In Japanese, the de で particle is sometimes actually a copula. Specifically, it's the te て form of the da だ copula, and consequently the te て form of na-adjectives and no-adjectives.

の Attributive Copula

In Japanese, the no の particle is sometimes an attributive copula.
Friday, October 4, 2019

だ Copula

In Japanese, da だ is usually the predicative plain copula: kirei da 綺麗, "[it] is pretty."

Sometimes, da だ isn't the copula, but part of the past form of certain verbs: shinda 死ん, "died."

Manga: Kemono Michi けものみち (Chapter 3)
Wednesday, October 2, 2019

な Attributive Copula

In Japanese, the na な particle is actually an attributive copula sometimes.
Tuesday, October 1, 2019

korya, sorya, arya こりゃ, そりゃ, ありゃ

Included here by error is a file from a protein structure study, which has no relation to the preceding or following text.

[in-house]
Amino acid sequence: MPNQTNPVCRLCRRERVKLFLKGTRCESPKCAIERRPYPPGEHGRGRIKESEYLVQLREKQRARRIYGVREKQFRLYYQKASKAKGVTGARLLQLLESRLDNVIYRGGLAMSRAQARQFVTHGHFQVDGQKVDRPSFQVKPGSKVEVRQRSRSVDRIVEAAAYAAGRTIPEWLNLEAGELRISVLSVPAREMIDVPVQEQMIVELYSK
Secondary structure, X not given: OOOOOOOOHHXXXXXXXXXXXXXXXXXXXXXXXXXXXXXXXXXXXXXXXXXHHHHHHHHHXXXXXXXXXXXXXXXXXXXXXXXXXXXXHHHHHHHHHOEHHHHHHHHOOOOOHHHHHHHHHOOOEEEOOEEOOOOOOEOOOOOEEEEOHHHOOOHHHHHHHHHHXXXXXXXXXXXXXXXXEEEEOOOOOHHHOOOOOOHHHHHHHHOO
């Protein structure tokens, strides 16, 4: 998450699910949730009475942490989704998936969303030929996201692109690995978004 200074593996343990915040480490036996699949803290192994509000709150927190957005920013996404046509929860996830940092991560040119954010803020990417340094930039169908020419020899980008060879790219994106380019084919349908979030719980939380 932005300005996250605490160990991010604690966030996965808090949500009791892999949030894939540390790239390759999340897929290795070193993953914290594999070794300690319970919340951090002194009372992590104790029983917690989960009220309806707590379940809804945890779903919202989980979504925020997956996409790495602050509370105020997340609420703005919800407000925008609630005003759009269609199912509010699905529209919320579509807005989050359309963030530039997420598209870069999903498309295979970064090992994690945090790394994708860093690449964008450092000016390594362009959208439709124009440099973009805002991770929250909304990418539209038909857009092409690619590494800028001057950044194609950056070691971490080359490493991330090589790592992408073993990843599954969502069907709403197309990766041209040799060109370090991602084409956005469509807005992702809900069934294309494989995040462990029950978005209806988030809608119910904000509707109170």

In Japanese, korya, sorya, arya こりゃ, そりゃ, ありゃ are contractions of kore, sore, are これ, それ, あれ marked as the topic by the wa は particle.

For example: nanda korya なんだこりゃ means the same thing as nanda kore wa なんだこれは, "what is this?!" See also: nani kore なにこれ and emotive right-dislocation.

Interrogative pronouns, like dore どれ, can't be marked as the topic, so there's no contraction for dore wa どれは. However, the word dorya どりゃ does exist, and it does come from dore どれ, but its usage is different.

The word dorya is used to say "how do you like that!" when someone just did something, or will do something. In anime, it's generally used after a character attacks another, and then it's translated as "take that!" or something similar.

nani kore なにこれ